When Michael misses Jo's birthday, she reluctantly considers the loneliness in not being able to talk to her husband about what matters to her. A few days later, when he skips Betsy's track meet and Jolene calls him to task instead of making the usual excuses, he tells her, "I don't love you anymore." She is devastated. She had found herself in the army, she had found her passion in flying, but with Michael, she believed, she had found completion. And now? Five words rock her foundation. Then, the next day, she and Tami learn they are being deployed.
"Honor. Duty. Loyalty. These were more than words to Jolene; they were part of her. She'd always been two women--a mother and a soldier--and this deployment ripped her in half, left a bloody, gaping tear between the two sides of her." She doesn't want to leave, and yet she wants to go. She and Tami had trained for this for 20 years. And she has no choice.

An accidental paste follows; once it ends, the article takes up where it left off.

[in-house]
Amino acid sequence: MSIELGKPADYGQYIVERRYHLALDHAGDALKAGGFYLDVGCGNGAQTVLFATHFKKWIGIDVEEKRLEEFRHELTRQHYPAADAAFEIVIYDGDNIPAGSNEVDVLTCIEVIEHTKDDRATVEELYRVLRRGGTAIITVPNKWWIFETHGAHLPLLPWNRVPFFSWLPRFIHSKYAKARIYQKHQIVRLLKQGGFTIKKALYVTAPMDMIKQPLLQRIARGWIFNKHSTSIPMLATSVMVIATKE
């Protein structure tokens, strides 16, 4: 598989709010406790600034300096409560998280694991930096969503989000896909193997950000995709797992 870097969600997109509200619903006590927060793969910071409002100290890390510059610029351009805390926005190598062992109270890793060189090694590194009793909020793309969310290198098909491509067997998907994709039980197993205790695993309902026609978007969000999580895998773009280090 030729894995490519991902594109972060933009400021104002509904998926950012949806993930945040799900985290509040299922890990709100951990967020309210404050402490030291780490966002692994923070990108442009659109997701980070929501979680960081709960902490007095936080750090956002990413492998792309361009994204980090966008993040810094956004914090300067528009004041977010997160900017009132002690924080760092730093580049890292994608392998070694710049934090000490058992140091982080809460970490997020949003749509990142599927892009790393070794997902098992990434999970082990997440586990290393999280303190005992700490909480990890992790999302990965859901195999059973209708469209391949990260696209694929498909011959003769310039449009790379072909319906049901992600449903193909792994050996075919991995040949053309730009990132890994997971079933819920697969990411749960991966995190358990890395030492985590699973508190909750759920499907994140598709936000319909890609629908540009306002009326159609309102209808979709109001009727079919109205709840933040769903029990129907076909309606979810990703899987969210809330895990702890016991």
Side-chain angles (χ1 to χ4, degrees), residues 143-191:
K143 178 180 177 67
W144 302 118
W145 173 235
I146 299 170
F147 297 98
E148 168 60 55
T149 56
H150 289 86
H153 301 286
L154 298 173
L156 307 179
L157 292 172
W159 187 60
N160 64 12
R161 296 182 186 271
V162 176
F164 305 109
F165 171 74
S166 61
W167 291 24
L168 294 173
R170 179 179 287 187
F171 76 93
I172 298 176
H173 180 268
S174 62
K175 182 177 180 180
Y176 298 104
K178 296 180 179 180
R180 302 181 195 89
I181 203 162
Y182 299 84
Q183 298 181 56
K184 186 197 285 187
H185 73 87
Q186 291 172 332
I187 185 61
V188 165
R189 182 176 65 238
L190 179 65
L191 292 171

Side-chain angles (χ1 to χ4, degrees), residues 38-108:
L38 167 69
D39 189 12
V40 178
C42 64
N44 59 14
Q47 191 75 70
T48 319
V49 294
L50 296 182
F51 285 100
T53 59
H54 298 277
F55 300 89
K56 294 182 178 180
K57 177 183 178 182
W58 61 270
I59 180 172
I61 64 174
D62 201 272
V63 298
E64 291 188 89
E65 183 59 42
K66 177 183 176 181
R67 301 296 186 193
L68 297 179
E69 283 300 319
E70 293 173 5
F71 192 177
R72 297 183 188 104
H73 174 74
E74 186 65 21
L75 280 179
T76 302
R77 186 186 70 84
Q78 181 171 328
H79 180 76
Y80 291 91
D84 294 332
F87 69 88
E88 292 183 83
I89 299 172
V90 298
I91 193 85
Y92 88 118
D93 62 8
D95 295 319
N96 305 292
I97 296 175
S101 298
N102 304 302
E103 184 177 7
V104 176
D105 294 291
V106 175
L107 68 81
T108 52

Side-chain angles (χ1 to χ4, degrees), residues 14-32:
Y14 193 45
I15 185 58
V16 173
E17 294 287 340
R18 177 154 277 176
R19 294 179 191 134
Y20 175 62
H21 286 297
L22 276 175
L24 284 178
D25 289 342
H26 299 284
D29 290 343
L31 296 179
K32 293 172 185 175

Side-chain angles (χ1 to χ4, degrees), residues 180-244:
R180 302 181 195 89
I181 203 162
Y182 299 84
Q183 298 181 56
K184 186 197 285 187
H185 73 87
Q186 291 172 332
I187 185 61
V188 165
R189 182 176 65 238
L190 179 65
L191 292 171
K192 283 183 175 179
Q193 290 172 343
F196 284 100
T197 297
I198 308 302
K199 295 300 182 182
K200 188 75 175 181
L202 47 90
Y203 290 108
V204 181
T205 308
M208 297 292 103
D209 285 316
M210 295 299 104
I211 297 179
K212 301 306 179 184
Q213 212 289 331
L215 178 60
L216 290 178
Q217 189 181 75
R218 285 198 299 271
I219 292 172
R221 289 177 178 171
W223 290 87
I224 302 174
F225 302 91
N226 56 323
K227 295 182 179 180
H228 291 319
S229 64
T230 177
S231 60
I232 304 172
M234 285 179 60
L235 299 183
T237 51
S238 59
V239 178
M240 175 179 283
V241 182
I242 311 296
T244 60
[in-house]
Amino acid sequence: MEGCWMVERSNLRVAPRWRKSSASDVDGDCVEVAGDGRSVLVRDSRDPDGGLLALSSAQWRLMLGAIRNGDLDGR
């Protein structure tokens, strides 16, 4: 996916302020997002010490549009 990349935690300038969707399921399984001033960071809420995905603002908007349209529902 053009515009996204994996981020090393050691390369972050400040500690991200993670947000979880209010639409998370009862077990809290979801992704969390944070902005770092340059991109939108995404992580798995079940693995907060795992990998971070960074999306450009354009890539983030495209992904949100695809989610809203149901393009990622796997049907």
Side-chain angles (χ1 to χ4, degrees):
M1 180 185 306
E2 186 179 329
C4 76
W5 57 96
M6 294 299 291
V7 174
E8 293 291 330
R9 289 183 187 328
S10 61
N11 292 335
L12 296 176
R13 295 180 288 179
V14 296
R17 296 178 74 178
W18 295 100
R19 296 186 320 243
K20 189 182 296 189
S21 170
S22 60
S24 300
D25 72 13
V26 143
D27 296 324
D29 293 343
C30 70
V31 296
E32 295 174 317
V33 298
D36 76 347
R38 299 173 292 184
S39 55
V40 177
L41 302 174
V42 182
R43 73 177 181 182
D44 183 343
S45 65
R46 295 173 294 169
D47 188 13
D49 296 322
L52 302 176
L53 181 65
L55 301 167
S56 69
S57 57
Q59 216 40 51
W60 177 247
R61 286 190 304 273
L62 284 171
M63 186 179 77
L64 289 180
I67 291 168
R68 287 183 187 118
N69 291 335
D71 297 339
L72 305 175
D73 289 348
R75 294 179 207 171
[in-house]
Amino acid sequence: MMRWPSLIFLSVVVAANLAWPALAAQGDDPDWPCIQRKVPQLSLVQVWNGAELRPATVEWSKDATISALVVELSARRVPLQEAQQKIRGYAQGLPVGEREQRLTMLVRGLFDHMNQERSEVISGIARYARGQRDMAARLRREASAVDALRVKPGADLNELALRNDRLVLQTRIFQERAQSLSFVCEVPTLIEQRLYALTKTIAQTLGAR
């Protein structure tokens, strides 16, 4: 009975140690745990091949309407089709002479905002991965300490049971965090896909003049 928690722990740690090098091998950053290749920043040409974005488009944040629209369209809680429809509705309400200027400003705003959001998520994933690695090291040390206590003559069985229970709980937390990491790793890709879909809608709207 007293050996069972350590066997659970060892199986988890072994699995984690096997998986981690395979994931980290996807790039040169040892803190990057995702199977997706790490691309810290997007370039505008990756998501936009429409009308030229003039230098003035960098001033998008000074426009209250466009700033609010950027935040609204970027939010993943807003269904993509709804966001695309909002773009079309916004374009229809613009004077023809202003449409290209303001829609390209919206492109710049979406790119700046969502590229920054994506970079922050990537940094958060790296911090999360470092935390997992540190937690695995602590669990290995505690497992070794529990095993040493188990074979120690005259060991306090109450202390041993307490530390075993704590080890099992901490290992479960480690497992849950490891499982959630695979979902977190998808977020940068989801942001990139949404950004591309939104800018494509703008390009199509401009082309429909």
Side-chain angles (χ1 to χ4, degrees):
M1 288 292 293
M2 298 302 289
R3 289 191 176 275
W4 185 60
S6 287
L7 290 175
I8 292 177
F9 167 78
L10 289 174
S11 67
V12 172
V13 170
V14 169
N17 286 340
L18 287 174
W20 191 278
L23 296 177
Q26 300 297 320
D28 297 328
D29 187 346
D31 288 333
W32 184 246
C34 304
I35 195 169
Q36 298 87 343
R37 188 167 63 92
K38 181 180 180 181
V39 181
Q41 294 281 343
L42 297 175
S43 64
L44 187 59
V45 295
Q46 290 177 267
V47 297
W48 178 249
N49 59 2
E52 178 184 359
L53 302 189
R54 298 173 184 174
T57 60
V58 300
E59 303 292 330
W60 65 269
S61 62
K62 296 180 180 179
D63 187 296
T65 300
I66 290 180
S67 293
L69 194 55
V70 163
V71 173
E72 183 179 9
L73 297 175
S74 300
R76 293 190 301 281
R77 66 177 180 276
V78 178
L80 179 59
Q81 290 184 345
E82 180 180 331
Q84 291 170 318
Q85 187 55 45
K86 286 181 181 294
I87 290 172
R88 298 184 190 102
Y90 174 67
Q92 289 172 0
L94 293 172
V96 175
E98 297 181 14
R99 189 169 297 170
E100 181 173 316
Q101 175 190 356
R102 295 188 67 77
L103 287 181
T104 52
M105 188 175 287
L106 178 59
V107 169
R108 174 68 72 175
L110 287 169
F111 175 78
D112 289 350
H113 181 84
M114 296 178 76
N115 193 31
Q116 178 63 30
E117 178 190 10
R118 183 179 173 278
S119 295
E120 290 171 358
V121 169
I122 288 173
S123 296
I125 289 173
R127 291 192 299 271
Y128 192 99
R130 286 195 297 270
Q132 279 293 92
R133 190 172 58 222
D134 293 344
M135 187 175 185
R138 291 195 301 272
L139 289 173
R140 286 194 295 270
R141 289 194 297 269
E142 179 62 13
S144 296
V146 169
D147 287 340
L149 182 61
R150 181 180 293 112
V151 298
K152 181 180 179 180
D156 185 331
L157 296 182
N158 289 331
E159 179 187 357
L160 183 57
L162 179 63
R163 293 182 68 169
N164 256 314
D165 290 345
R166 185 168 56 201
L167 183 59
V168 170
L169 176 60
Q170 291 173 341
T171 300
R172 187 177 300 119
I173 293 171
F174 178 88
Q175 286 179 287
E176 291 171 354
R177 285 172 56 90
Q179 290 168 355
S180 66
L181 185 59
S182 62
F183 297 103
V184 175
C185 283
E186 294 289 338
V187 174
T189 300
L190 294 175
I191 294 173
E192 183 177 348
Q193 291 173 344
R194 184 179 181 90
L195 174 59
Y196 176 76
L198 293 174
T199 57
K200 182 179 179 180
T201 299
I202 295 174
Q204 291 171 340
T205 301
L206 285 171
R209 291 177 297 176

Her children are devastated, Michael is angry and resentful--how can he handle his law firm and his family? Even with the help of his Greek mother, Mila, he feels overwhelmed, and guilty for being selfish. Jolene's innate optimism fails her. She needs Michael now, and he lets her down. She videotapes a story for Lulu, she tapes advice and love for Betsy, she writes "the letter" to her daughters and husband ("I loved you. Beginning to end."), and Chief Warrant Officer 3 Zarkades goes to war.
Their new lives start. Michael is representing Keith Keller, an ex-marine with two Iraq tours, arrested for killing his wife. He's also figuring out how to get the girls fed and off to school. With Keller, Michael learns about PTSD; with his daughters, he learns how to be a parent. And he misses Jolene: "How was it he hadn't foreseen what his life would be like without her?"
Jolene and Tami settle into dust, wind and constant mortar attacks. They ferry VIPs, they deliver supplies and they go on missions to retrieve soldiers' remains. Increasingly, they go on air assault missions, rescuing troops trapped under fire. On one such mission, they are hit by rocket fire and crash.